Teens have easier access to drugs when illegal trafficking booms on social media

Last winter, Megan Macintosh found her 18-year-old son Chase unconscious after she said he was experimenting with pills. He died just over a month later, probably from a fentanyl pill from an unknown source.

Macintosh turned to his social media for answers. When she looked through her son’s Snapchat, she said she saw bags with pills and mushrooms. “I felt really helpless when there was really nothing I could do when I saw how prevalent it was, how many people were in his feed,” she said.

The drug trade is booming on social media, according to Kathleen Miles, who works for the Center on Illicit Networks and Transnational Organized Crime. “I think social media can be great, but it also has a very dark side,” Miles said.

With fentanyl in high circulation, the risks are often fatal. The U.S. first recorded more than 100,000 deaths from drug overdoses over a 12-month period, according to the Centers for Disease Control and Prevention. It is the highest number of deaths due to drug overdose ever recorded in a year.

The Drug Enforcement Administration has warned of the alarming increase in the availability and lethality of counterfeit prescription pills containing fentanyl and methamphetamine.

In her experience, Miles said teens on social media are two degrees apart from a drug dealer.

CBS News asked Miles to create two fake profiles on Instagram, Snapchat and TikTok, claiming they were 18 but publicly identified as high school students.

One was actively searching for drugs and found a sham dealer within 48 hours.

The second account used various hashtags like #depression, #sad and #anxiety. While all three social media platforms provided some resources for mental health, messages about marijuana and cigarettes also appeared on Instagram.

“By the third day, on Instagram,” Miles said, “we were completely immersed in drug culture.” For her, this culminated in a photo of someone appearing cocaine. Miles added that the tech companies bear responsibility. “Because they are not liable, they do not make the catch rails needed to keep our children safe.”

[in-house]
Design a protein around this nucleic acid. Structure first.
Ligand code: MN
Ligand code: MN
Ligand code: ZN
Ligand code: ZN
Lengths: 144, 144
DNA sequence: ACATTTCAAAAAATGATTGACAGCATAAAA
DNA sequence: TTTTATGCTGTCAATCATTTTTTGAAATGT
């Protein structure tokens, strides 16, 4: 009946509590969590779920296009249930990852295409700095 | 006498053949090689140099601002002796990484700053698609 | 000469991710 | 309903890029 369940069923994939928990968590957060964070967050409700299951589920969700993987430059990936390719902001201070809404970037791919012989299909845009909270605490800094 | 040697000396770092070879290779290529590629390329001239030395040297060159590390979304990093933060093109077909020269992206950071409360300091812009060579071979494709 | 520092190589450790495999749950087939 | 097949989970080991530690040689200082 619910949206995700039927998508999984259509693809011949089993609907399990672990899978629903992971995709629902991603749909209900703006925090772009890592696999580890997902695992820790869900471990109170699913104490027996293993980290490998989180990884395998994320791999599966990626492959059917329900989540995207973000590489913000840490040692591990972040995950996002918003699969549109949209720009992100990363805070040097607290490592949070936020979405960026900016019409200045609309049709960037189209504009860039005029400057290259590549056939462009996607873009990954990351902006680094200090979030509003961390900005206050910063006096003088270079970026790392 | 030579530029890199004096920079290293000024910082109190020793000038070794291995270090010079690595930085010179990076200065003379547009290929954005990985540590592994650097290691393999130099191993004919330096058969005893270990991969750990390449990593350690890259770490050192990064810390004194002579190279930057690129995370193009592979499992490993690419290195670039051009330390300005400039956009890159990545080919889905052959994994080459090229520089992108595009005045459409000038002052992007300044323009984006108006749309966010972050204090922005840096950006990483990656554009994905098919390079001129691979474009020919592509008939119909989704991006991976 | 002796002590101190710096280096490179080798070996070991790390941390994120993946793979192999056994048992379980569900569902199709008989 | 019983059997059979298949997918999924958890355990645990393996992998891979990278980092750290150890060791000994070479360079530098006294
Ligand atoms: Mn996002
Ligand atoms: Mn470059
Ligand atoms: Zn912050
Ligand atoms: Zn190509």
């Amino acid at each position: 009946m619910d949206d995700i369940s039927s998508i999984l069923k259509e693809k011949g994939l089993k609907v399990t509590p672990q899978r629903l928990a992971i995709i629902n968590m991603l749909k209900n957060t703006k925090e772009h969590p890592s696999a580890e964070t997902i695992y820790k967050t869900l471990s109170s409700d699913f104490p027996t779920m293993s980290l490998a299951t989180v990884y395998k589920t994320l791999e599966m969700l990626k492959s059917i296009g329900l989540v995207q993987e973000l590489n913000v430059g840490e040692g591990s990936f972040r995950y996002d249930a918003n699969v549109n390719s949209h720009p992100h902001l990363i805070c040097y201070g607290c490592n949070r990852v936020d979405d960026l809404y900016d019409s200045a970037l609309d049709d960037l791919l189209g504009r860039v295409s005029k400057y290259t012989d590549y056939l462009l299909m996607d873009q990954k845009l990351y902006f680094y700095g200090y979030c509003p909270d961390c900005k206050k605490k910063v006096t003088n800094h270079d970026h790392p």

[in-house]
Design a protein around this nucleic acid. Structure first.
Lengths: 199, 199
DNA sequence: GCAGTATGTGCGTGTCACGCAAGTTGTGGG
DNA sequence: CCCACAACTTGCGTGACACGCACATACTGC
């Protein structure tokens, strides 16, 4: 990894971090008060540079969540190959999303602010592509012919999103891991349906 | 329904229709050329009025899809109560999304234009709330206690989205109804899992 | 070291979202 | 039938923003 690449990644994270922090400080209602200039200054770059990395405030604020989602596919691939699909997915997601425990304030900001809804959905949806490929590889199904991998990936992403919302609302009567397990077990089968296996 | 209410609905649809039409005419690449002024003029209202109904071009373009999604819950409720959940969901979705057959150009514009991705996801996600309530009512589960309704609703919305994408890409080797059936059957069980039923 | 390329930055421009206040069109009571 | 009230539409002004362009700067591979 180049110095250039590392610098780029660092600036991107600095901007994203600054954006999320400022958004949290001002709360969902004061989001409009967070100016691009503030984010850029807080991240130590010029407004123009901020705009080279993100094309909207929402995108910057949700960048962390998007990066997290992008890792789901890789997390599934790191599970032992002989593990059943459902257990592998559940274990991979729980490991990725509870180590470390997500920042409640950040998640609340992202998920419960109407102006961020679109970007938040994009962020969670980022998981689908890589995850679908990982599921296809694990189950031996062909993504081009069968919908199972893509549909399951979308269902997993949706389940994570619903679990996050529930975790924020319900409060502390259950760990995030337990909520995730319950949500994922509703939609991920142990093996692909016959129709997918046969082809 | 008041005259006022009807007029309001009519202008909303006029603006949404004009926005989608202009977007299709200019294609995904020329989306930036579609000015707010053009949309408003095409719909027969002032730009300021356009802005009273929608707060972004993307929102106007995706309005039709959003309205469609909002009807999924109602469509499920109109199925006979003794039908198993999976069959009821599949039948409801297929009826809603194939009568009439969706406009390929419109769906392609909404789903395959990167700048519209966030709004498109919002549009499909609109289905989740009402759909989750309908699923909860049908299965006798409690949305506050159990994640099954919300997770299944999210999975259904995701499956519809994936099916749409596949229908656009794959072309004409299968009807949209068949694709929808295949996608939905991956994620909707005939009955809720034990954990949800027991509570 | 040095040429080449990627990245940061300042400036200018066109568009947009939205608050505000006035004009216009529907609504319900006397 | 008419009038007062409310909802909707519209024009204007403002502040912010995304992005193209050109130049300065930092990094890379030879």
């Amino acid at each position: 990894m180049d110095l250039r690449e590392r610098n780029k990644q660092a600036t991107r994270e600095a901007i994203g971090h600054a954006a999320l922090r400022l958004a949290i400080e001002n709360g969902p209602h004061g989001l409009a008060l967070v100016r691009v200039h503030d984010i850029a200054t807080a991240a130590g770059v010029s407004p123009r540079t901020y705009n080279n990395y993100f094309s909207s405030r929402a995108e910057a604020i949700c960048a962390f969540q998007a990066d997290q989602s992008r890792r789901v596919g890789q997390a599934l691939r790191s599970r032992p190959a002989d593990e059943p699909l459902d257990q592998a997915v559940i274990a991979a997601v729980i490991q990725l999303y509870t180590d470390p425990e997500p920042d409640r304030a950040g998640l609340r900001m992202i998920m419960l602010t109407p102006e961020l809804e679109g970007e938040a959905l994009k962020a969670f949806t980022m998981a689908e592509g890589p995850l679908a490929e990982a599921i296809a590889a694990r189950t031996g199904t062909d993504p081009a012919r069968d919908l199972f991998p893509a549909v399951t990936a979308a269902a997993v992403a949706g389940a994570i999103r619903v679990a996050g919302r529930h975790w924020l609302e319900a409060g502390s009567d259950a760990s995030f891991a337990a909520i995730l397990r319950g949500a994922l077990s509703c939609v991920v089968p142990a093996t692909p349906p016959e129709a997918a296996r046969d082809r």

Snapchat told CBS News that it was “determined to do its part to eradicate drug trafficking.” Instagram said it will “continue to improve” to keep young people safe. According to the latest quarterly Transparency Report, TikTok has removed nearly 96% of drug-related videos within 24 hours. All three companies said they use technology to proactively remove this content.

The Macintosh has a message for other parents after the death of her son: “It was my child. It could be your child,” she said. Macintosh thinks it’s all about the approach. “Let’s have an honest conversation about why, how and what we as a family should do to keep you safe and happy.”

The full statements of Snapchat and Meta are below:

“The tragic drug epidemic calls for urgent action and we are determined to do our part to eradicate drug sales on Snapchat. We have raised awareness of the dangers of fentanyl fake pills directly in our app to inform young people about the deadly consequences.We use interesting technology including machine learning tools to proactively detect and remove drug related content on Snapchat.We also use third party detection tools to scan other platforms where drug dealers may try to contact Snapchatters.We working with law enforcement and partnering with parent groups, safety organizations and experts who inform all of these practices, and we are constantly evaluating where we can strengthen our work to combat this illegal activity. ” – Snapchat spokesperson

“We do not allow the sale of illegal drugs on Instagram. As a result of the technology we have developed to proactively find and remove this content, we now remove more than 96% of it before people report it. We will continue to make improvements to keep people safe on Instagram, especially the youngest members of our community. ” – Meta spokesperson

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